To experience one of nature’s most delicious perfumes, just bury your nose in a handful of freshly picked basil leaves.
The fragrance and flavour of basil has made it one of our most popular culinary and household herbs. It also has many health benefits, especially as a cleansing tonic for the system. There are now so many different types of basil and what fun it is to experiment with the new varieties and new tastes in addition to the culinary stalwart sweet basil – Ocimum basilicum.
All basils are equally easy to grow; they prefer morning sun in hot areas and full sun in cooler areas. Basil does best in fertile, well composted soil that drains well. The basils need more water than other Mediterranean herbs so should be watered regularly, the best time being in the morning. Monthly feeding allows them to produce lush leaves and pinching off the growing tips of small plants encourages bushy growth. Annual basil and some perennial varieties are frost and cold sensitive, while the perennial pink basil and sacred basil will survive winter if planted in a sheltered, sunny part of the garden.
Basil is a good companion plant for tomatoes, reputedly increasing the flavour of the fruit and promoting healthy growth. It also helps repel aphids, white fly, fruit fly and beetles.
Basil germinates easily and is quick to grow from seed, but should only be sown after all danger of frost has passed.
- Prepare the bed by digging in extra compost, rake it level and remove stones and sticks.
- Seed can be sown in rows or scatter sown at a depth of 3mm. Lightly firm down the soil and water gently.
- Keep the soil moist until germination, which usually occurs within seven days.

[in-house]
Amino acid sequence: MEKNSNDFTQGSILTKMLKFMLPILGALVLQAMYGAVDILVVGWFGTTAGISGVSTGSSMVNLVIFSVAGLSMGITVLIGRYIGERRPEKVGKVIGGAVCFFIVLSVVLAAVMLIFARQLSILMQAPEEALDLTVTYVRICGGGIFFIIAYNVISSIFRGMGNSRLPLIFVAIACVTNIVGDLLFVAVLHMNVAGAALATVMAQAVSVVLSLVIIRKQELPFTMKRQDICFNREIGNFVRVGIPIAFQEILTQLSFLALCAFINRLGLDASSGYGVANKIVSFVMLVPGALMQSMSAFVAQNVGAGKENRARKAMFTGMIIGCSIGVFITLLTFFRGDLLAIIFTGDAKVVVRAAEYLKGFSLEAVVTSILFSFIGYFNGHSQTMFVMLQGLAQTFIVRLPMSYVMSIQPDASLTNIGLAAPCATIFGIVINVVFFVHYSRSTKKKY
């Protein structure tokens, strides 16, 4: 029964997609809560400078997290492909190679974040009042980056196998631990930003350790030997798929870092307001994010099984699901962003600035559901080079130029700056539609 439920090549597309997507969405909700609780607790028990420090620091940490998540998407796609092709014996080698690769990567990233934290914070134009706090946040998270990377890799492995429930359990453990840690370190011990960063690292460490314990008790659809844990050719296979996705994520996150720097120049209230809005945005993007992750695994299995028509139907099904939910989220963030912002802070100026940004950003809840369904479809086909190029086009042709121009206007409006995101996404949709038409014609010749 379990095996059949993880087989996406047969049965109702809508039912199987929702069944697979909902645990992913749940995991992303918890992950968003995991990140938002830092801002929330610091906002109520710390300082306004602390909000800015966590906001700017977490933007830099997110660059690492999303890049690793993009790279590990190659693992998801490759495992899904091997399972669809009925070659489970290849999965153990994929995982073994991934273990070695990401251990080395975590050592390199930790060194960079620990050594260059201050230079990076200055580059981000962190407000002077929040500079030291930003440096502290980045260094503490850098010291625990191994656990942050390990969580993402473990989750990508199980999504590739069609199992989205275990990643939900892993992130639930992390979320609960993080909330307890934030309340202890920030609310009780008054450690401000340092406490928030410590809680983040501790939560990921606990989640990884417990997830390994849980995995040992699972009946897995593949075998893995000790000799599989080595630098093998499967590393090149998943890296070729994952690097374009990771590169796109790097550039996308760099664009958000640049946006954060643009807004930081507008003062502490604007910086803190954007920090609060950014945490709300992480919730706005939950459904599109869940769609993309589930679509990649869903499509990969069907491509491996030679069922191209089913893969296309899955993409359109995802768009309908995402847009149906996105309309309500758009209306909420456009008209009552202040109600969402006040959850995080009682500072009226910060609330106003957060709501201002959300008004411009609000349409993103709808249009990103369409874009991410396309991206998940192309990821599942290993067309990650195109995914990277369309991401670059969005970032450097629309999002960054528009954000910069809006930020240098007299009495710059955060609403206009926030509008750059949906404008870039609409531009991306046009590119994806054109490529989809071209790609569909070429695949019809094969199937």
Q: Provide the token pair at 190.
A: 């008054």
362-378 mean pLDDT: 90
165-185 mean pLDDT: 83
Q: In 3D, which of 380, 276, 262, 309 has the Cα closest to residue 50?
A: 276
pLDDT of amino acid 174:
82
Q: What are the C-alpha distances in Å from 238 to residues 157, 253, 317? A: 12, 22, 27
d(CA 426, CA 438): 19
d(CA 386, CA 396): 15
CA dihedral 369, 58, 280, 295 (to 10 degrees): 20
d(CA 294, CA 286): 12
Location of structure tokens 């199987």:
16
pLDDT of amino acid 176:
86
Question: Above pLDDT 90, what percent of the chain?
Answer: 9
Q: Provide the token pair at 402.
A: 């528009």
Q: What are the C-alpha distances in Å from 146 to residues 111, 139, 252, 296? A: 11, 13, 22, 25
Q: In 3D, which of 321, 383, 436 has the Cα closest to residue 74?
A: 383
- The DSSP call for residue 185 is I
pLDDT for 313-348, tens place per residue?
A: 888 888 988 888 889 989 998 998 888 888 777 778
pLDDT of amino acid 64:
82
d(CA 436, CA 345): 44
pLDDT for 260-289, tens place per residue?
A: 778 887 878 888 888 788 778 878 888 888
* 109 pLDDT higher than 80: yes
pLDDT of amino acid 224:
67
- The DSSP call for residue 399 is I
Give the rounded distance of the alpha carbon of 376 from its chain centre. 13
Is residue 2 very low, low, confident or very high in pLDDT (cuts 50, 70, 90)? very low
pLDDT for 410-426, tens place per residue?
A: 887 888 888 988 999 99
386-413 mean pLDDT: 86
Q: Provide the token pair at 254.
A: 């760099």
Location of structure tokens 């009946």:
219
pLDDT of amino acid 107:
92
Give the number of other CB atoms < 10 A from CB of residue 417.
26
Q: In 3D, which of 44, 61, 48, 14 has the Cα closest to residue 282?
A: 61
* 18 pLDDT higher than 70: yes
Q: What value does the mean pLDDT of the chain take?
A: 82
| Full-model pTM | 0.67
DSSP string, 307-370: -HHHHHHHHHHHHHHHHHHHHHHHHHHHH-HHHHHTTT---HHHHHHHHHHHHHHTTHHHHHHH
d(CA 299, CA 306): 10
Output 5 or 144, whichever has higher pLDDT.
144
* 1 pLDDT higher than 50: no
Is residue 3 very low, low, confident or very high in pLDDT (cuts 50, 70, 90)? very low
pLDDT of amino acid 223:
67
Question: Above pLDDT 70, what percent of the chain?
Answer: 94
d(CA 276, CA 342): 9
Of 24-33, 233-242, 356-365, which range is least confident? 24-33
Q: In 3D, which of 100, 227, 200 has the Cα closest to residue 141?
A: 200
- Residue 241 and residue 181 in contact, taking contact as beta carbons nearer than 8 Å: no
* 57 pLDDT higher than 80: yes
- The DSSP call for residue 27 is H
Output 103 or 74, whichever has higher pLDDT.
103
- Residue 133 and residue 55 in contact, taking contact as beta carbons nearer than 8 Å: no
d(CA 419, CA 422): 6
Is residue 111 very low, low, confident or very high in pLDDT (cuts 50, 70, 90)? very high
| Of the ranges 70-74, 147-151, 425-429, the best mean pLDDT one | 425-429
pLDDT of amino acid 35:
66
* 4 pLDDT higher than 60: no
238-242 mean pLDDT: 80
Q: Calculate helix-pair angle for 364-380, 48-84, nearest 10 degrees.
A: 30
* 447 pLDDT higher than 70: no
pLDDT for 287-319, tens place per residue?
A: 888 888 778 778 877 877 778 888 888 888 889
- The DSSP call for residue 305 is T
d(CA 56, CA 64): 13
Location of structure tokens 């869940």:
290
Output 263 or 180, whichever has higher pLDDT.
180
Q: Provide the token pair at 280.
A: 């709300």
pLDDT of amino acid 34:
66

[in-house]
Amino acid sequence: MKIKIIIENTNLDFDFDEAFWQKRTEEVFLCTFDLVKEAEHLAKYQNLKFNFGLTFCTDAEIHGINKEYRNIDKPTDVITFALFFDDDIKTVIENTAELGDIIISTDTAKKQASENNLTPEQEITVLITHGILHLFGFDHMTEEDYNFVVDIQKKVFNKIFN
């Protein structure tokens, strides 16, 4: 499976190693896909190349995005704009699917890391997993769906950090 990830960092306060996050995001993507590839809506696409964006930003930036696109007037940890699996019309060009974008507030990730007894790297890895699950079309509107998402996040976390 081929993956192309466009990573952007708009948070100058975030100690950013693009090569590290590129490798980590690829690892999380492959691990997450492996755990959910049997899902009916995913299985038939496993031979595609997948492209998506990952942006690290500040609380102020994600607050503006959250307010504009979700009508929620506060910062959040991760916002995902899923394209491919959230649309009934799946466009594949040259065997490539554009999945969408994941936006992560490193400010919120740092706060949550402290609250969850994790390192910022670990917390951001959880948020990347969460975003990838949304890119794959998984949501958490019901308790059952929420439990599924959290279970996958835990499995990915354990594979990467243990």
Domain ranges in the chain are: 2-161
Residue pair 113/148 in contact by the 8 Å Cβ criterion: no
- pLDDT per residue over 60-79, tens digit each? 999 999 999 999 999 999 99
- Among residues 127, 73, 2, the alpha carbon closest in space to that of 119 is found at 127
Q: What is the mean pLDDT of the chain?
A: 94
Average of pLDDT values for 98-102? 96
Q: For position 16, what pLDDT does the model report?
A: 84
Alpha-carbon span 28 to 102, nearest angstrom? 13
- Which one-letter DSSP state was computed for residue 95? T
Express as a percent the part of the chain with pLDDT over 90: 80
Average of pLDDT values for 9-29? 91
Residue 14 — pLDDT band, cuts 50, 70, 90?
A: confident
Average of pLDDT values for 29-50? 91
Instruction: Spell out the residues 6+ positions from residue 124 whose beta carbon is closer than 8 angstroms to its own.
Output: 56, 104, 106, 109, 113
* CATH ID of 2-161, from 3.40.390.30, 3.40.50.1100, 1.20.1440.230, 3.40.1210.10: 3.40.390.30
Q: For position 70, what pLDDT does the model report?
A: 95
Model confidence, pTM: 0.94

- Thin out plants until the final ones are 30 cm apart. The thinned out plants can be eaten as micro and later baby salad leaves.
For a constant supply of fresh leaves sow a new batch of seed every six to eight weeks, or bring in new young plants.
Basil is generally pest free but may be attacked by spider mites (especially when it is hot and dry), aphids and beetles. Too much water or poor drainage in excessively wet weather can make it susceptible to botrytis, which manifests as black patches on the leaves and stems. Deal with insects by cutting back the plant or spraying it with an insecticide. Improve drainage by adding milled bark or coarse compost to the soil.
Ideally, one should pick the leaves as they are required because they don’t store well in the refrigerator. Leafy stems can be put in a jug or bottle of water and kept for a few days. To extend the harvest of leaves, do not let the plants flower as this can cause the leaves to become bitter. Remove the flowering tops as they appear. Once your second and subsequent plantings are producing enough leaves for picking then allow the first batch of basil to flower so that you (and the bees) can enjoy the flowers as well.
In the kitchen
Basil is most associated with Italian and Thai cooking and goes particularly well with tomatoes, whether fresh or cooked up as sauces. Add the leaves at the end of cooking. The leaves can also be used in salads and to flavour herb vinegar, herb oil and herb butter.
Basil is also the main ingredient of pesto and a good way to preserve extra basil is to blend the basil, olive oil and pine or almond nuts required for pesto. The mixture can then be frozen and the parmesan cheese added later, when the pesto is to be used.
Basil has antidepressant, antiseptic and soothing properties. The fresh leaves can be made into a cough syrup with honey or an infusion can be drunk to help relieve a cold. Rubbing fresh leaves onto insect bites and stings will help relieve the itching.
This simple recipe is perfect for a hot summer’s day. Simply cut watermelon into chunks, then add sliced red onion, a bit of crumbled feta and a few fresh basil leaves. Make a simple dressing of 2 tablespoons olive oil and 1 tablespoon lemon juice with a pinch of salt. Pour the dressing over the salad when you are ready to serve.